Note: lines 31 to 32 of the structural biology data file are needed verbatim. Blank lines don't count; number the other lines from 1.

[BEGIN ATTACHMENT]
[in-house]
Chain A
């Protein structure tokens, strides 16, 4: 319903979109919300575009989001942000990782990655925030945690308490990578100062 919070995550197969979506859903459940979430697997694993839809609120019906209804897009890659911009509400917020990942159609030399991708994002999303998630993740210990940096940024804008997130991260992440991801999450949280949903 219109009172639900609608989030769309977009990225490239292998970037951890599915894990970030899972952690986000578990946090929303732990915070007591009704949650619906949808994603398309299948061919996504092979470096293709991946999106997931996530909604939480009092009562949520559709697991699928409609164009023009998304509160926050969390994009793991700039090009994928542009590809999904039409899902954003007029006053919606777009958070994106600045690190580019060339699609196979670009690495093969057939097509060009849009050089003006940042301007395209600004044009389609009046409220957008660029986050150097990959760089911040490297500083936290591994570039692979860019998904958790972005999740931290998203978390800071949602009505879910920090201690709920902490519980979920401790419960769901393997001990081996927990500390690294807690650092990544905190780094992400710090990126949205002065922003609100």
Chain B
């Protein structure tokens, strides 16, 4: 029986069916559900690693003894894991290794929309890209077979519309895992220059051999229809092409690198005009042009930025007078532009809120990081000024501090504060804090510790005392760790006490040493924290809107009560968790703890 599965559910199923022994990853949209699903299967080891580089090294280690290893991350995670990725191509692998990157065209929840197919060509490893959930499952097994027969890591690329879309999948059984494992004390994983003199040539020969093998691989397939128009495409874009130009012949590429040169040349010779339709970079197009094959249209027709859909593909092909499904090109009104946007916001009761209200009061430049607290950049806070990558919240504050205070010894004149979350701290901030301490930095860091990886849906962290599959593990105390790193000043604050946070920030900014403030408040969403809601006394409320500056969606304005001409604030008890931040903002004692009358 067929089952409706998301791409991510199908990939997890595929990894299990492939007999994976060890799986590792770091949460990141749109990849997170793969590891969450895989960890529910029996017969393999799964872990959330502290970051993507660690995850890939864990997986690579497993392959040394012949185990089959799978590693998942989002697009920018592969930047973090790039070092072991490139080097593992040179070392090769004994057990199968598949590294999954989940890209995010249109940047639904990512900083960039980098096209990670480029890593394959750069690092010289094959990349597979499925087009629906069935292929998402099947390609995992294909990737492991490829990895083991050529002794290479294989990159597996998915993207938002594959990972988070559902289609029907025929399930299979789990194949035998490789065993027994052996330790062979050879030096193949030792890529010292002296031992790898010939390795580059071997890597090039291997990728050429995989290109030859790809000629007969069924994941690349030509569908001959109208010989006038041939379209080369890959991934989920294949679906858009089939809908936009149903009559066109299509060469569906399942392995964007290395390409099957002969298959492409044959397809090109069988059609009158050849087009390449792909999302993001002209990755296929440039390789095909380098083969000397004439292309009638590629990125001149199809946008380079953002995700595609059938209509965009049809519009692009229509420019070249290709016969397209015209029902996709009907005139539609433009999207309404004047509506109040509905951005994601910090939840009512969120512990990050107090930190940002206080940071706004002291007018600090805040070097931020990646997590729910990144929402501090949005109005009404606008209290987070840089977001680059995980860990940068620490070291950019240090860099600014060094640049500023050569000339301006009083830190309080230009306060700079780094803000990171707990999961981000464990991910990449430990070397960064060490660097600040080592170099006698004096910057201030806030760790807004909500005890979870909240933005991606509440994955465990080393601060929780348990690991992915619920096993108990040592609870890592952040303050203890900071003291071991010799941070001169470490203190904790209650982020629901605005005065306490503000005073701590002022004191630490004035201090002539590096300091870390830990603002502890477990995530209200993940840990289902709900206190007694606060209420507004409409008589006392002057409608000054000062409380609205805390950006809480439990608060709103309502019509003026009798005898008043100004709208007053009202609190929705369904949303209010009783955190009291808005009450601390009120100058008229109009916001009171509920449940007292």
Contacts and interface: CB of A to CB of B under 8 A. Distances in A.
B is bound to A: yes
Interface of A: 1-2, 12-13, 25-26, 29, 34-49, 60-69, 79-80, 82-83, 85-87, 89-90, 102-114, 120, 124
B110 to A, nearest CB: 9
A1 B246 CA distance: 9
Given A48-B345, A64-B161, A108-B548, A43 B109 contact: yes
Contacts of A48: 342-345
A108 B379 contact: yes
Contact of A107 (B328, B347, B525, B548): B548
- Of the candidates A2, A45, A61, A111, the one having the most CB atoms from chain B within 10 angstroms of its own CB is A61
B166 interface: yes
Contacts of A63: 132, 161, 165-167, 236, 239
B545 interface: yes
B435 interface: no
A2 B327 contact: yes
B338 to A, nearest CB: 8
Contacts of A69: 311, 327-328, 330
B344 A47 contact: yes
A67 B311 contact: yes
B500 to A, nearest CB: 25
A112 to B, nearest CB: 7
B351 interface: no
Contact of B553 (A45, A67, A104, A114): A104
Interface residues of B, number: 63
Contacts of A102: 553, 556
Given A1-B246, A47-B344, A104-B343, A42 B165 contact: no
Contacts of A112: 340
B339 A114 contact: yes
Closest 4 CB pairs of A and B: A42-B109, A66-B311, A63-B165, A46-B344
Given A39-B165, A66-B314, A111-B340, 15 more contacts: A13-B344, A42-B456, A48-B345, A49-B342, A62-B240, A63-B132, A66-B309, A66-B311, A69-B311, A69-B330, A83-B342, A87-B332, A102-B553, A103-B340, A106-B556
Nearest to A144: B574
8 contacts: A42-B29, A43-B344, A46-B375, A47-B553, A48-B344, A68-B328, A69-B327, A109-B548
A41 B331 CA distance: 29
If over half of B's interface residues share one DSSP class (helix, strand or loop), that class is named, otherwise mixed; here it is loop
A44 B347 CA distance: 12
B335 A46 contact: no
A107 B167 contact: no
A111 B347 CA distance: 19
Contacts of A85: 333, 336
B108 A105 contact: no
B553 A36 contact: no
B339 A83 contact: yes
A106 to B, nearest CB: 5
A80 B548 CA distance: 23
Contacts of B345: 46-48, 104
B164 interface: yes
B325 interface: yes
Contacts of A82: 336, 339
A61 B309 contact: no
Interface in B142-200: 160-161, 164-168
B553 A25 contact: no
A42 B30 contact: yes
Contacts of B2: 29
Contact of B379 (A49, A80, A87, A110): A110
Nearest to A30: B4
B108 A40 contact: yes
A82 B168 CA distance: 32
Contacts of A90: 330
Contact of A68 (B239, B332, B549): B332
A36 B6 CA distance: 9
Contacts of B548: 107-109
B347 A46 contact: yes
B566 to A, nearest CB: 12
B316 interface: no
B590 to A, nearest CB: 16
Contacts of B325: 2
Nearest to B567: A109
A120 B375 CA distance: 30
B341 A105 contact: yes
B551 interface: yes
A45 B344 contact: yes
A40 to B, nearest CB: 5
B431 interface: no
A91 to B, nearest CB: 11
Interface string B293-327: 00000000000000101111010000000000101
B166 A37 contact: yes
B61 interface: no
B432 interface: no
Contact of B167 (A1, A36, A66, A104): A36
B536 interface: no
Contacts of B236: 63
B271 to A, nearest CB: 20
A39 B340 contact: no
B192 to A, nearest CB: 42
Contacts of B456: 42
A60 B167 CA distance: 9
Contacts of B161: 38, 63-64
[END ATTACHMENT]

Given A1-B246, A47-B344, A104-B343, A42 B165 contact: no
Contacts of A112: 340